These polygons make perfect management units, as they are tied to many NRCS activities and data collection programs. In addition to the USDA, other federal agencies (e.g., USGS, EPA) and state and local government agencies also recognize these boundaries. USGS maintains the nation’s streamflow gauging network and EPA is responsible for water quality and other environmental monitoring programs. The Louisiana Department of Environmental Quality (LDEQ) manages the state non-point source water pollution (319) program, using these watershed boundaries.
The hydrology dataset (NHD) is being tied to the watershed boundary dataset (WBD) units. This combined dataset provides watershed management tools that link land use, agriculture, industrial, and other activities in the watershed to the flow of water through the entire system.* Some of these tools address issues such as sediment runoff, toxic and hazardous spills, industrial point source pollution, municipal sewage treatment outfalls and many other environmental impacts (including agricultural nutrient runoff, the primary cause of gulf hypoxia).
The combined hydrology dataset should be used to provide the modeling framework to evaluate planning alternatives and impacts from proposed coastal protection/restoration projects. An arbitrarily narrow designation of the new coastal boundary will not alter the influence of upstream hydrologic effects. Using the combined watershed and hydrology datasets could bring a new level of scientific objectivity to coastal planning.
Here are some objective questions to help distinguish coastal from non-coastal watersheds:
Is streamflow subject to tidal influences?
Is the watershed above or below the freshwater/saltwater interface?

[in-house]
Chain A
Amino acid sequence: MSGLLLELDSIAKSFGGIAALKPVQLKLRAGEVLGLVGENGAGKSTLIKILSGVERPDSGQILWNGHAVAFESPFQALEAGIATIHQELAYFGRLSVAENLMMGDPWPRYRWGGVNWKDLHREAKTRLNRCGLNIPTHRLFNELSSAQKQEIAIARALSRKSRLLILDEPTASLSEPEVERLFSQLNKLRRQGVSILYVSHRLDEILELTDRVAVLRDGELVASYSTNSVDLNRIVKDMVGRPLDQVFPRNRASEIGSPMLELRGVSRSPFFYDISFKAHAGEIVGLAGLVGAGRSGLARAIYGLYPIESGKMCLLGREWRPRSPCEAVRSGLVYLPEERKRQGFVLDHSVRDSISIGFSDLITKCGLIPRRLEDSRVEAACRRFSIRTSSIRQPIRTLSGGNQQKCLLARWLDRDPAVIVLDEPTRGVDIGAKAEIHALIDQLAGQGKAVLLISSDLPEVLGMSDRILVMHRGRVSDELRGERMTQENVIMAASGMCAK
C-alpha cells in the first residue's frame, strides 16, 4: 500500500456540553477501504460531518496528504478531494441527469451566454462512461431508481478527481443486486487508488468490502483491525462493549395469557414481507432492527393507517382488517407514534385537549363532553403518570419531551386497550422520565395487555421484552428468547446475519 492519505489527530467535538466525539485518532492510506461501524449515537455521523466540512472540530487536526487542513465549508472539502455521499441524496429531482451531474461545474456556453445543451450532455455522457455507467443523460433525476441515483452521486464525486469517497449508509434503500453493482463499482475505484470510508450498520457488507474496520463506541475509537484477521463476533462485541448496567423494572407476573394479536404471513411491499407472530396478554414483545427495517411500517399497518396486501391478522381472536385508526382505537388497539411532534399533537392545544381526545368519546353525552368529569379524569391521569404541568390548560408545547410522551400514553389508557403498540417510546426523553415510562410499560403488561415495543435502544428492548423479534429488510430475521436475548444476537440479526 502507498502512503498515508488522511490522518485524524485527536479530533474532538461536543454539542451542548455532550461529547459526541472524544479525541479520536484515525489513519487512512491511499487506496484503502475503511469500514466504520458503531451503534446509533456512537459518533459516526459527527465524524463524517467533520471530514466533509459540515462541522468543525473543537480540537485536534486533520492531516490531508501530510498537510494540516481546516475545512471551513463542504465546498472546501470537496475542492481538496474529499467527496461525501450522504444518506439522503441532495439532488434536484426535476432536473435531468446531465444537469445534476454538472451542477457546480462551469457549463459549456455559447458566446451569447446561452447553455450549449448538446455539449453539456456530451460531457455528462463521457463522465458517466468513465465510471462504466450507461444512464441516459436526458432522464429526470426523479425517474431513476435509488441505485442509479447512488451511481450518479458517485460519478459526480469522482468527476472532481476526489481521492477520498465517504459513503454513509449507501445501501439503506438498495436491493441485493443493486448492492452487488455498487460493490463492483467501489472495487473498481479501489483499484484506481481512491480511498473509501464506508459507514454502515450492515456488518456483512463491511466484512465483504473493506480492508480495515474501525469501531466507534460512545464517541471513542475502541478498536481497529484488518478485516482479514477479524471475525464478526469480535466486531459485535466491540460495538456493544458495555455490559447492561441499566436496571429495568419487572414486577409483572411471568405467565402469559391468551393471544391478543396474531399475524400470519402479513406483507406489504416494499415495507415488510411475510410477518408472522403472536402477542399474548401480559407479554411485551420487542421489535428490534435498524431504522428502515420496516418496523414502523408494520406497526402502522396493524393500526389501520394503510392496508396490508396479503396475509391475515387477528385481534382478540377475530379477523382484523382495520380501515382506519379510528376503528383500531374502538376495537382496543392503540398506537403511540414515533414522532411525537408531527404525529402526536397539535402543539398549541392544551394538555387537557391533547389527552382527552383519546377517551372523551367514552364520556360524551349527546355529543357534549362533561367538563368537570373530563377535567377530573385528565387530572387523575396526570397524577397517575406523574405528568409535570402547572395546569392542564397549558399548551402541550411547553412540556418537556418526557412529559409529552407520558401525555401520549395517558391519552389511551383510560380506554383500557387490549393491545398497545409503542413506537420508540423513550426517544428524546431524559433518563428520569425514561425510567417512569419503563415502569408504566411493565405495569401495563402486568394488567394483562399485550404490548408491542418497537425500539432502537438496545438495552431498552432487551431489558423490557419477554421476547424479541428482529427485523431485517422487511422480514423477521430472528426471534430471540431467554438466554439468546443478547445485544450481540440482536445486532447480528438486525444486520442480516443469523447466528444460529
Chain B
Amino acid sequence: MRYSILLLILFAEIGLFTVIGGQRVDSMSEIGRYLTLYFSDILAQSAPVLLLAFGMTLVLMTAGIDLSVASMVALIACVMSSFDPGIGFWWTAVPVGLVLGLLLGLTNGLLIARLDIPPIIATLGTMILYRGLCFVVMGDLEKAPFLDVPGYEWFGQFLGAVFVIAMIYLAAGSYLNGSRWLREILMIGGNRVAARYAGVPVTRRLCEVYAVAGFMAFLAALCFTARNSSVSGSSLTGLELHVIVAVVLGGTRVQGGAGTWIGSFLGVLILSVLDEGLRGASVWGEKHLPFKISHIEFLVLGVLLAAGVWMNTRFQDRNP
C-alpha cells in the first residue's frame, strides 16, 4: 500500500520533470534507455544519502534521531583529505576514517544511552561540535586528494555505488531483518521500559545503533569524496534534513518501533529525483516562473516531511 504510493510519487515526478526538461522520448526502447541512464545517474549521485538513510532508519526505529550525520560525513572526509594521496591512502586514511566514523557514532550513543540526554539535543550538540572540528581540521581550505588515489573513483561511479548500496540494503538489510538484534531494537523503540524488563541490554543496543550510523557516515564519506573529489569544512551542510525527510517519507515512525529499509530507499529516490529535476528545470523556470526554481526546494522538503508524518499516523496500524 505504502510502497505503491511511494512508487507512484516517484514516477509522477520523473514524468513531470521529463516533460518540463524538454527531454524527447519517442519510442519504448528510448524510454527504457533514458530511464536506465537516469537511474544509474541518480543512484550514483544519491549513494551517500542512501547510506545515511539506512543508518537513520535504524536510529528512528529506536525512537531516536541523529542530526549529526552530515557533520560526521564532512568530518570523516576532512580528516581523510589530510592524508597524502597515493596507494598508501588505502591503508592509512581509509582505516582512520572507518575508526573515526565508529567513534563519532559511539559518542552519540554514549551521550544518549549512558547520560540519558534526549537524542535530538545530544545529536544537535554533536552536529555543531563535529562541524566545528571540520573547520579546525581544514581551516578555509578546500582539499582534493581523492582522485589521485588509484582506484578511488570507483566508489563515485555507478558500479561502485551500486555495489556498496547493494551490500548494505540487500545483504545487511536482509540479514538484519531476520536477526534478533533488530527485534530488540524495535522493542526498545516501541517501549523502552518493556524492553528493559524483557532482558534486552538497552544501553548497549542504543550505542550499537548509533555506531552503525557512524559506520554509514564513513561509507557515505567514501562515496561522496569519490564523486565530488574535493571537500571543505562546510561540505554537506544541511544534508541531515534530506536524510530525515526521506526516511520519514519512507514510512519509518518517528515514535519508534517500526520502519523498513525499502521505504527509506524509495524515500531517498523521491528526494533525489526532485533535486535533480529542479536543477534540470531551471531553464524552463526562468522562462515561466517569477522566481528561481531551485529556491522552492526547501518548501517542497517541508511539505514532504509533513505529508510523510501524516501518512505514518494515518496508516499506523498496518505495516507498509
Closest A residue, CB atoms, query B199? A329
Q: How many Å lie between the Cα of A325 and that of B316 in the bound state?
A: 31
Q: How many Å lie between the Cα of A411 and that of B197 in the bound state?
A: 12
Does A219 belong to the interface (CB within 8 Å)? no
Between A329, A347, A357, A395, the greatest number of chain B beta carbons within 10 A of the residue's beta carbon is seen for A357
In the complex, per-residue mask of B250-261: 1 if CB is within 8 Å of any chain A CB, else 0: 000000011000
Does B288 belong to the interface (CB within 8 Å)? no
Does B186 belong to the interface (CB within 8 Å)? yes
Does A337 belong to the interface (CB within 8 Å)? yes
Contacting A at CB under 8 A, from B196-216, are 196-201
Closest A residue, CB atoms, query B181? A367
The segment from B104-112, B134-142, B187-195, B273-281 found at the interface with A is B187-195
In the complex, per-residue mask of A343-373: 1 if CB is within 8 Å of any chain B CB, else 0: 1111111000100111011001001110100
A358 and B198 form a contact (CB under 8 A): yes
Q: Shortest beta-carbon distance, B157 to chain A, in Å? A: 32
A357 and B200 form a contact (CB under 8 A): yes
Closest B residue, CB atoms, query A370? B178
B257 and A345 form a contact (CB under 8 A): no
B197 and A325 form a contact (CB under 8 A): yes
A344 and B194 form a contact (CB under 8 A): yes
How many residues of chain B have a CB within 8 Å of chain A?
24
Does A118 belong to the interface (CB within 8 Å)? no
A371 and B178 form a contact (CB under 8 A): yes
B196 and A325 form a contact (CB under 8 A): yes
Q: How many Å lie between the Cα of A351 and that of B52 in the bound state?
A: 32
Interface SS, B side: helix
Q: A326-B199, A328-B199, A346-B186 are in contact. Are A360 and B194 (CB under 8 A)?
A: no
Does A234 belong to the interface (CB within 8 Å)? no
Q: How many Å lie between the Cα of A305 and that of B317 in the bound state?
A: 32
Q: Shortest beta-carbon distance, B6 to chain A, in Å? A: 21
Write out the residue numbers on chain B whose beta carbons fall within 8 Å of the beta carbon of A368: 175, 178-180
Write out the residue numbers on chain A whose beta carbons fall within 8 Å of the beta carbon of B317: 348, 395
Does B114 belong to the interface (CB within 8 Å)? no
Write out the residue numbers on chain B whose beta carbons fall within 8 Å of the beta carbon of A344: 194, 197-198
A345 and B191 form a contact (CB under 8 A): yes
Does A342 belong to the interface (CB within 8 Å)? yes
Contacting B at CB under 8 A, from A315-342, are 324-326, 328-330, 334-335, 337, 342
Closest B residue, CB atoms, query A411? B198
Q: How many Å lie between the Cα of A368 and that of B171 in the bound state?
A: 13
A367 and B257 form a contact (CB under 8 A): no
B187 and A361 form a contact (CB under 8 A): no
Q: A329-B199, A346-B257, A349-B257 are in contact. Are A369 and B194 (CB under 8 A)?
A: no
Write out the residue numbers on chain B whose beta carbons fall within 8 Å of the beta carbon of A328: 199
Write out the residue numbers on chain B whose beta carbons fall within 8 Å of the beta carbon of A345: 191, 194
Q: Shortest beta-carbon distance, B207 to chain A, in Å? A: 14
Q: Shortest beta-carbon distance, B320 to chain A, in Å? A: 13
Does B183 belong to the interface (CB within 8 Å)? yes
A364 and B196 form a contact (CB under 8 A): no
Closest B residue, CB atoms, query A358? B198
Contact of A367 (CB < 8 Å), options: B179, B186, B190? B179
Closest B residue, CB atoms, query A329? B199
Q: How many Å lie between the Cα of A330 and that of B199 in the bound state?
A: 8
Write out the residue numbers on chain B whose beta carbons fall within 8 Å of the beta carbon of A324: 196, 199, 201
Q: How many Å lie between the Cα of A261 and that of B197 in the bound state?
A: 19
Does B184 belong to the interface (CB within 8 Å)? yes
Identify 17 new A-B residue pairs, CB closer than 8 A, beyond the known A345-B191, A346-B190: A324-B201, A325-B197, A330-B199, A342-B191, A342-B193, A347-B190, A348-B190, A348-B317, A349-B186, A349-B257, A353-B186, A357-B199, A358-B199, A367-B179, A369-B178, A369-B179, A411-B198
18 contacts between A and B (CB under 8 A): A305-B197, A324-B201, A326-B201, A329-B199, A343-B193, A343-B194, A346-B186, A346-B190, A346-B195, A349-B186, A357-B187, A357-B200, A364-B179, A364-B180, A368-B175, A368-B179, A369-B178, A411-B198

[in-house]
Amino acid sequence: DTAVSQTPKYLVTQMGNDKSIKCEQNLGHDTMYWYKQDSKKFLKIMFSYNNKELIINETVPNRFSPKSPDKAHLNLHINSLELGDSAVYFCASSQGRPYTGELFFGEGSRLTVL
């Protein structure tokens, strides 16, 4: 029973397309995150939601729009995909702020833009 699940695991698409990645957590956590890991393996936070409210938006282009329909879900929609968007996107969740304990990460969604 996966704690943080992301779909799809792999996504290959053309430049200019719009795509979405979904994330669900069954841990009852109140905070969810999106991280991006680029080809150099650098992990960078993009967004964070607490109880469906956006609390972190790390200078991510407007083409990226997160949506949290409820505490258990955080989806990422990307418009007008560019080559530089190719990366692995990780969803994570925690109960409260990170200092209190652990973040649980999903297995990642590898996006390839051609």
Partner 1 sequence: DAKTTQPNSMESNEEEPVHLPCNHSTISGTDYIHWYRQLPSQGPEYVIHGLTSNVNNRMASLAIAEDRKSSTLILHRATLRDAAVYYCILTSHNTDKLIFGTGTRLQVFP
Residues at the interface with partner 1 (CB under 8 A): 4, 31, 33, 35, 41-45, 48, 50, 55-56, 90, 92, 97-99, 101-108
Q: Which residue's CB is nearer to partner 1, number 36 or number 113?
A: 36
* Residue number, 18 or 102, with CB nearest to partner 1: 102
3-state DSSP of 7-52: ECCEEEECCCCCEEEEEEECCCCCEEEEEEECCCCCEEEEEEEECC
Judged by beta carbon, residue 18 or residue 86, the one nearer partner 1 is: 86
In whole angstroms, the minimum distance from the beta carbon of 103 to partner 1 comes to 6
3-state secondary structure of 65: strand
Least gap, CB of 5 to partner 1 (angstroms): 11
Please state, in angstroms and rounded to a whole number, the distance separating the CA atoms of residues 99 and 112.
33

What is the elevation of the main-stem water body within the watershed?
Does the watershed have a history of being influenced by storm surge?
What flora and fauna are present in the watershed (e.g., freshwater, brackish, saline species)?
What soil types are present in the watershed?
Editor’s addition: What is the mean elevation of the watershed with respect to mean sea level?
All of these questions have answers that can contribute to the development of a more realistic and comprehensive coastal area. Furthermore, by using a watershed approach, a more coherent management program can be developed that involves objective data and more complete planning alternatives.
We are attempting to manage processes that are independent of political boundaries. Management is simply the wise application of science. Determination of the specific boundary of an expanded coastal area will require deciding whether to honor Mother Nature or the more traditional agenda of the good ol’ boys (and girls).
Edited by Len Bahr
*The Cabin-Teele sub-watershed project in northeast Louisiana, described in an October 5 post, is a perfect example of how the use of the watershed boundary dataset could quantify the impacts on gulf hypoxia of hydrological and ecological processes far removed from south Louisiana.